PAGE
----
- Special Sections
- Public Notices
With January behind us, the General Assembly is finding the quick pace that defined the legislative session’s opening days is now settling into a more measured routine.
The first few weeks, of course, were dominated by two main actions: Gov. Steve Beshear’s speeches on the state of the Commonwealth and his budget proposal; and redistricting, which the House and Senate undertake each decade to reflect population changes in their districts and those of the Kentucky Supreme Court and our congressional delegation.
On Tuesday last week, the House Appropriations and Revenue Committee began the weeks-long task of closely looking at the governor’s budget to see what changes our chamber may want to make. Given the financial difficulty expected – Beshear has warned most agencies to prepare for cuts of more than 8 percent – few if any major alterations are forecast.
As this process gets underway, several other noteworthy bills have already been sent to the Senate for consideration. Those include a few designed to benefit those who have served our country.
House Bill 197, for example, would authorize an “I Support Veterans” license plate, and House Bill 221 would let veterans obtain a driver’s license that would reflect their service. House Bill 121, meanwhile, would require that any POW/MIA flag bought and flown by a public institution in Kentucky be American made.
If House Bill 224 becomes law, those serving in the Kentucky National Guard would be eligible for a new adoption-assistance program. In this case, those enlisted could recoup up to $5,000 in unreimbursed expenses if they adopt a child with special needs and up to $3,000 for any other child. This money would come from the military family assistance trust fund.
House Bill 71 would offer assistance to the families of soldiers killed in action by exempting probate fees their estate would normally pay. This exemption would apply as well to such hazardous-duty professionals here at home as law enforcement and firefighters.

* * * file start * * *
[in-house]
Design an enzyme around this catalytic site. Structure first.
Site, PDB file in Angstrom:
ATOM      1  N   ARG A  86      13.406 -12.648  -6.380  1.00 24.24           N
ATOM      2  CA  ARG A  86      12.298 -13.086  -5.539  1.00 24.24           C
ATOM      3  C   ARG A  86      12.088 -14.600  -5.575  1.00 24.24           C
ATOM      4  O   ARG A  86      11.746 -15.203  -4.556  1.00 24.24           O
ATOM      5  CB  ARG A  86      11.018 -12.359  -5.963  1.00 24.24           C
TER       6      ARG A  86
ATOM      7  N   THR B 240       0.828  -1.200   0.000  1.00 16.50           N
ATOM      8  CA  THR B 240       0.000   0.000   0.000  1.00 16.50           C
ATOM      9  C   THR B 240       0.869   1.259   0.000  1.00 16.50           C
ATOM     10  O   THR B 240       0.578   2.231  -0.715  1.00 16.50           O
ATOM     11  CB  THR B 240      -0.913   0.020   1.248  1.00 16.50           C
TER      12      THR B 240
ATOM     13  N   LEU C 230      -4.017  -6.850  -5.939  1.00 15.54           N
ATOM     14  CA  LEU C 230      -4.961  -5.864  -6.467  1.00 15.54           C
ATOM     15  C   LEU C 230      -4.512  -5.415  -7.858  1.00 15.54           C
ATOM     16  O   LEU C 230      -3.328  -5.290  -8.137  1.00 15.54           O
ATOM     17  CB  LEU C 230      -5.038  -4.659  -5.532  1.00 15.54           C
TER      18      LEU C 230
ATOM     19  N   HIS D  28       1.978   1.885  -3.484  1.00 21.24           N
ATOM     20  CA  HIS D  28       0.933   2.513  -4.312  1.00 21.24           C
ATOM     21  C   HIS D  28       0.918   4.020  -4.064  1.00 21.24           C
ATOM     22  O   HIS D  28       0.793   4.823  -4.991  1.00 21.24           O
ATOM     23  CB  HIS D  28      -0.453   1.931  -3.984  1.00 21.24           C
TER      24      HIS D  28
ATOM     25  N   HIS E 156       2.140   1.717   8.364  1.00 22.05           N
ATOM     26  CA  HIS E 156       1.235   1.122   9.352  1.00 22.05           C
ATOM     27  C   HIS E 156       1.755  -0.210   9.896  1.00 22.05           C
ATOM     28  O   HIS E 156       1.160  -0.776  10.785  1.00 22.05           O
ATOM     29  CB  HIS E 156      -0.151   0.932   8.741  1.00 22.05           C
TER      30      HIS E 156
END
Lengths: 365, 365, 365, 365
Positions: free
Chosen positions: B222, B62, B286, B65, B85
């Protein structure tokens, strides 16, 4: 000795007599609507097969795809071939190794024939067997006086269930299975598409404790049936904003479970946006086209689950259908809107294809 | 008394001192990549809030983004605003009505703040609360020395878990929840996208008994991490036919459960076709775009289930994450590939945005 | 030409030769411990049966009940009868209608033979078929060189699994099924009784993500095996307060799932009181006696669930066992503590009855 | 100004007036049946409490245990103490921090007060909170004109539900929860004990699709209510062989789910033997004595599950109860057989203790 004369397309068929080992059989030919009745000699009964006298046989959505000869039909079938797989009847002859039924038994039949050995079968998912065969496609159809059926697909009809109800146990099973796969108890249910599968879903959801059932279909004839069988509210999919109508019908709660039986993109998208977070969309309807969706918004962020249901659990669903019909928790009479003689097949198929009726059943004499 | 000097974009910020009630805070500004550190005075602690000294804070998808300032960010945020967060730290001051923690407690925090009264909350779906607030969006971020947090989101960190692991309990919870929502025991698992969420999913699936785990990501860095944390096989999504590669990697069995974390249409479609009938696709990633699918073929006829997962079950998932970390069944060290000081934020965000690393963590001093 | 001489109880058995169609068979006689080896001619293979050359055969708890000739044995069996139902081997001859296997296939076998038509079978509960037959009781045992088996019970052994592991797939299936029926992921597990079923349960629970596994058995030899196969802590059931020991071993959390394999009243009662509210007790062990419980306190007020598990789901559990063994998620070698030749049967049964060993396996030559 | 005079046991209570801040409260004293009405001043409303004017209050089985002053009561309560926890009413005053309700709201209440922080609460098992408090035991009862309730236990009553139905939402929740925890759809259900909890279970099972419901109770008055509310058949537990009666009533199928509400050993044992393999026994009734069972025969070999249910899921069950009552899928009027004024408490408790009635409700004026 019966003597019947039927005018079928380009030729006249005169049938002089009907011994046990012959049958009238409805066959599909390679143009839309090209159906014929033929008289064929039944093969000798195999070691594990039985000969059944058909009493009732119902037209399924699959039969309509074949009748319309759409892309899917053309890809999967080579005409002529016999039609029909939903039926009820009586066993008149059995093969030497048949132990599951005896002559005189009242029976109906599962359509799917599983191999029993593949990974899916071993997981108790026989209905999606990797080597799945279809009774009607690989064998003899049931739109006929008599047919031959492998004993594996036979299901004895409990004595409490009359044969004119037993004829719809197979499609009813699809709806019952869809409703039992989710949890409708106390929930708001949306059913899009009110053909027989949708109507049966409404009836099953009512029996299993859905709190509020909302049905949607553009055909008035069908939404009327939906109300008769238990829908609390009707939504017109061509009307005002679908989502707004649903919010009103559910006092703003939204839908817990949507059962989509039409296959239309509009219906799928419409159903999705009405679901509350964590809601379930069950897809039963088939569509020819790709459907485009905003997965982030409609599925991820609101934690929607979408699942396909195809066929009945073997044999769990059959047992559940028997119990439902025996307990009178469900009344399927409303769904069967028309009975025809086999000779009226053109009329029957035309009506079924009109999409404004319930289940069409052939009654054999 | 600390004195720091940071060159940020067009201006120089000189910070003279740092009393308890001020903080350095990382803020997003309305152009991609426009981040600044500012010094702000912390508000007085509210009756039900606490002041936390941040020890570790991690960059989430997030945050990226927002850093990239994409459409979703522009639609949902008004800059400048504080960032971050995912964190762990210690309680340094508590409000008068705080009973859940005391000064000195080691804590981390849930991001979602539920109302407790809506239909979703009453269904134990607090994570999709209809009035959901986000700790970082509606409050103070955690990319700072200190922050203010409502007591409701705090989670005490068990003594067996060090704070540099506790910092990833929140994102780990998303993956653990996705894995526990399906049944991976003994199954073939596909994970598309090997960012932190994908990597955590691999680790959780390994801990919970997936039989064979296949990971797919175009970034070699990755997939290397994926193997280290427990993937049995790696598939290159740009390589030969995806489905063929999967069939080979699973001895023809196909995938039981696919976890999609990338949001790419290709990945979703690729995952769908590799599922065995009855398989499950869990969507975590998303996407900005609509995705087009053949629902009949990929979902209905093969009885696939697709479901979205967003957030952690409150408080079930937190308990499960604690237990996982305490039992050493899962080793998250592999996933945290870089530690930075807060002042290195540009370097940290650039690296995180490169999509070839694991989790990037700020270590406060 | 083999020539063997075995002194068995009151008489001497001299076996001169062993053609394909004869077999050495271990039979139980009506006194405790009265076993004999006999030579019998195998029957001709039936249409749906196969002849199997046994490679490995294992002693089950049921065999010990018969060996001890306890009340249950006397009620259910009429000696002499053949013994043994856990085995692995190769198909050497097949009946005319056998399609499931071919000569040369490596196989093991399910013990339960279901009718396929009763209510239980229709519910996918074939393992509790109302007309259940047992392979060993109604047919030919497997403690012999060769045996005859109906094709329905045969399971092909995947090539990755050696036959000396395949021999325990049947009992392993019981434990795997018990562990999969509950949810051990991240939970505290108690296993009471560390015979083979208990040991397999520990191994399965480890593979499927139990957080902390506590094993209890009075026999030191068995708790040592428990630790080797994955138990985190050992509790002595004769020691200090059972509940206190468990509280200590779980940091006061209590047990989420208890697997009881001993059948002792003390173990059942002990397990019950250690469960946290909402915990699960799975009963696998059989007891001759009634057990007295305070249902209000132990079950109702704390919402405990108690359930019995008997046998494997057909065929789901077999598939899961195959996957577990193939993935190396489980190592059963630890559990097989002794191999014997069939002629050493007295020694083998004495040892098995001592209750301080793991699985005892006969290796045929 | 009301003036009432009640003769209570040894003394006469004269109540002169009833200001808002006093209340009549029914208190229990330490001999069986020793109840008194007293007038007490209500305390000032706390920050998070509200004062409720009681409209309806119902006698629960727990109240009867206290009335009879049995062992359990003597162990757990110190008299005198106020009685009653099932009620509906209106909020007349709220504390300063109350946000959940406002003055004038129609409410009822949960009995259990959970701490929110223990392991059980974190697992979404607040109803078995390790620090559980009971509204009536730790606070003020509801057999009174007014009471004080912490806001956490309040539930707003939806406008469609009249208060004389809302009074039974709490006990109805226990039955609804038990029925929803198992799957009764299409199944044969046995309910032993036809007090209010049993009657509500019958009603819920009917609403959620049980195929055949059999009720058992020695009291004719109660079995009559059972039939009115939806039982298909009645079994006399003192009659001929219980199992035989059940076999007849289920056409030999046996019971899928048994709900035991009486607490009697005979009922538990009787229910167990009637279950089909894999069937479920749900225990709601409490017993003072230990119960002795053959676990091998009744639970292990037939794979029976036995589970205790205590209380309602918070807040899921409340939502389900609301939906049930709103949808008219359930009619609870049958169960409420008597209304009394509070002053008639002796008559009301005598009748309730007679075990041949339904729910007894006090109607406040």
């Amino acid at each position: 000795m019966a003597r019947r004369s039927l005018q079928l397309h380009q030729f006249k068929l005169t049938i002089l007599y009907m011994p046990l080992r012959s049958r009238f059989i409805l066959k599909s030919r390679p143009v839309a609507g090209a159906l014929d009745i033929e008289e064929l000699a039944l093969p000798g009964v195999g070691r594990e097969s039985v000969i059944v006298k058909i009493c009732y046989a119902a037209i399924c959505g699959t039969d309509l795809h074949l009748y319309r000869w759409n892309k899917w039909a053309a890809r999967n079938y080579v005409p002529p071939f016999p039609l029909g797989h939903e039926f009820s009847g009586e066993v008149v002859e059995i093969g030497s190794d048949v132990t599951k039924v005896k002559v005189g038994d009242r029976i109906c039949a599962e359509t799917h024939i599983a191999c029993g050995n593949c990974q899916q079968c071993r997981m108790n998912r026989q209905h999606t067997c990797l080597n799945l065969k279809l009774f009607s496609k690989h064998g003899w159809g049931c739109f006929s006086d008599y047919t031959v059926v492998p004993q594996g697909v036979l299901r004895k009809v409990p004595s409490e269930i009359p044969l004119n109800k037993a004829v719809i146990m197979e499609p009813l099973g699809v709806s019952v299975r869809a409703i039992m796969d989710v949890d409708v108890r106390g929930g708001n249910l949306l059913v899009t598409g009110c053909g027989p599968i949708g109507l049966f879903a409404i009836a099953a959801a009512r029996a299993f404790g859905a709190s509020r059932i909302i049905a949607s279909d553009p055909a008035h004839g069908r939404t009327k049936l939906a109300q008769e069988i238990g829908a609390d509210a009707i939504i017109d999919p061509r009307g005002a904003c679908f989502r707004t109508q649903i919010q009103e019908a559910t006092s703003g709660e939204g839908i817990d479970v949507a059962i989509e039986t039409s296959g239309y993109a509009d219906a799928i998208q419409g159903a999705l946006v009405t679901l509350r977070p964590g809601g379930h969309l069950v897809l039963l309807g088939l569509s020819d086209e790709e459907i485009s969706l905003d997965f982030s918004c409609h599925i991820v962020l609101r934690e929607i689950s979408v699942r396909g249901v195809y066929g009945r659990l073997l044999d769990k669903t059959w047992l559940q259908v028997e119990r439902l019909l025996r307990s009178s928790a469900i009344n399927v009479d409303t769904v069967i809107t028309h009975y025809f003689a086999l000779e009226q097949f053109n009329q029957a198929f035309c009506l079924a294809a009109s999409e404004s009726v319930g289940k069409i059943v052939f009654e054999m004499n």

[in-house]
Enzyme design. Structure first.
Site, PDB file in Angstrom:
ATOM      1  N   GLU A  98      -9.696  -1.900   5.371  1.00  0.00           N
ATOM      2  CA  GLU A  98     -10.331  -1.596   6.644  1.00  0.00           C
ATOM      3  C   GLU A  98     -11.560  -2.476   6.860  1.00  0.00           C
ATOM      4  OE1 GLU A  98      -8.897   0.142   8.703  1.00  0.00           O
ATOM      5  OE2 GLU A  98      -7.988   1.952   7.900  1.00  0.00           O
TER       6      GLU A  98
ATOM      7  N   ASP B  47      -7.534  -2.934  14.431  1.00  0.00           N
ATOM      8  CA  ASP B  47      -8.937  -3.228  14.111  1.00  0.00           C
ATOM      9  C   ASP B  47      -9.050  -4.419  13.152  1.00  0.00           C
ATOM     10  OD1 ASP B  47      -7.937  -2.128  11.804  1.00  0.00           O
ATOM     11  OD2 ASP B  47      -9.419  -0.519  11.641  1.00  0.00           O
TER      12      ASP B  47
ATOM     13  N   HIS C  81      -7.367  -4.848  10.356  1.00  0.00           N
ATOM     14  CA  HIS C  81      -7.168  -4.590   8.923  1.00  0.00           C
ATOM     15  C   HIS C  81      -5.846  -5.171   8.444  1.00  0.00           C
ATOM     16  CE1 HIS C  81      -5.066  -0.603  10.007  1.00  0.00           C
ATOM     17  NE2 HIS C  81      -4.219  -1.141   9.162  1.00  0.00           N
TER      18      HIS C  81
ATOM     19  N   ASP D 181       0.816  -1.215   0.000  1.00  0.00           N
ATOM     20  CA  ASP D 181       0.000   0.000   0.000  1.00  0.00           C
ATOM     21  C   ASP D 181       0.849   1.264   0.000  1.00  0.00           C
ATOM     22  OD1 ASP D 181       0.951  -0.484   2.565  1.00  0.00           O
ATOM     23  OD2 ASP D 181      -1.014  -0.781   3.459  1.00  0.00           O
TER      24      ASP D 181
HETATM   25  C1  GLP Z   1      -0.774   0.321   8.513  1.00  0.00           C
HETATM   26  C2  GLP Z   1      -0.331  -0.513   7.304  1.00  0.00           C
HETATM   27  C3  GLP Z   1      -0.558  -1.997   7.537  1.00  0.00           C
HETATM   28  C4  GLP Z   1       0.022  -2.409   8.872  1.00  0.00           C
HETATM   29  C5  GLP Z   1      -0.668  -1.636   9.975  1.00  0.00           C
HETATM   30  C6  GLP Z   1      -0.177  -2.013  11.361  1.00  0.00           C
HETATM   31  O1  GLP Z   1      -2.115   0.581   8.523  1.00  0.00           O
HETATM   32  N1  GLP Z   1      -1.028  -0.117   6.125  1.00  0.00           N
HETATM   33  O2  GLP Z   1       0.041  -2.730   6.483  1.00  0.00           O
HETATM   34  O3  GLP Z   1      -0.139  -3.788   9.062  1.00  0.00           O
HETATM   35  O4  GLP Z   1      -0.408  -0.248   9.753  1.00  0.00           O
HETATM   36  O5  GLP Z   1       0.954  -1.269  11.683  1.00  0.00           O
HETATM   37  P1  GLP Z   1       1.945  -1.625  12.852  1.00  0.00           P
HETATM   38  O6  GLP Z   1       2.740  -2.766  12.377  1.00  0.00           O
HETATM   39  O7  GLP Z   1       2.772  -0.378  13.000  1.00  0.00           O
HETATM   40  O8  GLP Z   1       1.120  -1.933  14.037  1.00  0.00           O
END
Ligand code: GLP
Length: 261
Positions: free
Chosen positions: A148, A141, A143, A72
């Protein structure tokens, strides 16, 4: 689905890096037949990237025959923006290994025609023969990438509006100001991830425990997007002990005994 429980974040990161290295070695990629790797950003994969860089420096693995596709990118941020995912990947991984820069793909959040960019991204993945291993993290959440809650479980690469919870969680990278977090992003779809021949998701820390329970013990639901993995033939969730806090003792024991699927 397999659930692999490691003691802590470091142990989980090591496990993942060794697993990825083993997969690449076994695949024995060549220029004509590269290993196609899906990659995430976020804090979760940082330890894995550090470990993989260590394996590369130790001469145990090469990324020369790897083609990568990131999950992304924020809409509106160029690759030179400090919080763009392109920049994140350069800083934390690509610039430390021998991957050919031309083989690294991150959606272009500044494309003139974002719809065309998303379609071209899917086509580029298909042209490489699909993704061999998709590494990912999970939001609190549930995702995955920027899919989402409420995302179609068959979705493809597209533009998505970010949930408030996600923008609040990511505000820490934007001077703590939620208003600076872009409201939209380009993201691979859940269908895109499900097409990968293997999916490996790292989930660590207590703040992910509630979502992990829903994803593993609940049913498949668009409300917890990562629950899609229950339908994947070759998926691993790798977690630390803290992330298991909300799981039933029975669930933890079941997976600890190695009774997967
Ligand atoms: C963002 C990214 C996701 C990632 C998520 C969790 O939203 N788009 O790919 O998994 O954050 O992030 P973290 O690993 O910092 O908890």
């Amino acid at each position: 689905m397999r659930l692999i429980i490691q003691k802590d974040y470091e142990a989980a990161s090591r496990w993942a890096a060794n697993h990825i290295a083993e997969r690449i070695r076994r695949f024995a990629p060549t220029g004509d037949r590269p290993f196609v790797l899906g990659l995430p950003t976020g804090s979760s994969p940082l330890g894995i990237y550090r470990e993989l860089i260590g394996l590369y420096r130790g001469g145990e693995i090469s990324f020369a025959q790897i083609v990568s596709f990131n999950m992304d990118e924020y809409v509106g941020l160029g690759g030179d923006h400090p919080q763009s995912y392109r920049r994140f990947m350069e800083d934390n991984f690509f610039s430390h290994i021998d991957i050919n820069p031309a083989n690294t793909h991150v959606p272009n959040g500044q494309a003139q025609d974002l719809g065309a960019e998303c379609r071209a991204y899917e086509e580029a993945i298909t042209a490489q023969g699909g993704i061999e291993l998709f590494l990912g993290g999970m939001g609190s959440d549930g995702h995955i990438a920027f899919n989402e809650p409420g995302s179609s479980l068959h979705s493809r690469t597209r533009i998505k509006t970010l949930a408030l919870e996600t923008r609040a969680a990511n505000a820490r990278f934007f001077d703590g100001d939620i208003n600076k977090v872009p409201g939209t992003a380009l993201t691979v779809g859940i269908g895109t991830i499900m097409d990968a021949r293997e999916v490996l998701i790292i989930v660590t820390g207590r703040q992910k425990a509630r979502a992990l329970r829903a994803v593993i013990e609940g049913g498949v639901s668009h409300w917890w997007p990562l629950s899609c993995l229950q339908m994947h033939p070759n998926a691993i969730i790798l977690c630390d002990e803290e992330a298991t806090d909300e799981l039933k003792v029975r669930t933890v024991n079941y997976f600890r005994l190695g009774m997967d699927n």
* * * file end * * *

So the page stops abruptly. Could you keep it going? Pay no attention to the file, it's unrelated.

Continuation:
Another prominent topic in the House this legislative session is education. House Bill 40, which is now in the Senate, would establish a statewide teacher evaluation system by the 2014-15 school year, streamlining a process that now varies from district to district. Those helping to implement this would include the Kentucky Department of Education, the Kentucky Education Association, the Kentucky School Boards Association and a statewide parent organization. This evaluation system could include peer and parent surveys and evidence of student progress in the classroom.
Another school-related bill also making it through the chamber, House Bill 30, would let school districts sell qualified advertising on their school buses as a way to raise revenue.
In addition to these bills, the House has put its support behind two studies centered on our youngest generation. One would take a closer look at the effect domestic violence has on children and another would see how we can get more computing devices in the hands of fifth and sixth graders.
On Friday, the House voted unanimously for my resolution calling on the U.S. Dept. of Labor to reconsider a proposed rule change that would limit how much help teenagers under 16 could provide on the farm. If this federal rule is allowed, it would keep teens from using power equipment such as tractors or handle cattle. No one wants to endanger their welfare, of course, but I think we have achieved a good balance as things now stand. Now that my resolution has passed the House, it will be sent to our congressional delegation and the secretary of the U.S. Dept. of Labor.
As all of this legislation shows, there is no shortage of ideas being discussed, but with only about two months left to finish our work, it is still too soon to say what will ultimately become law. Because of that, I encourage you to keep contacting me with your thoughts and concerns.
My address, should you want to write, is Room 366B, Capitol Annex, 702 Capitol Avenue, Frankfort, Ky. 40601. You can also leave a message for me or for any legislator at 800-372-7181. For those with a hearing impairment, the number is 800-896-0305.
I hope to hear from you soon.
Rick Rand, D-Bedford, represents the 47th House District in the Kentucky General Assembly.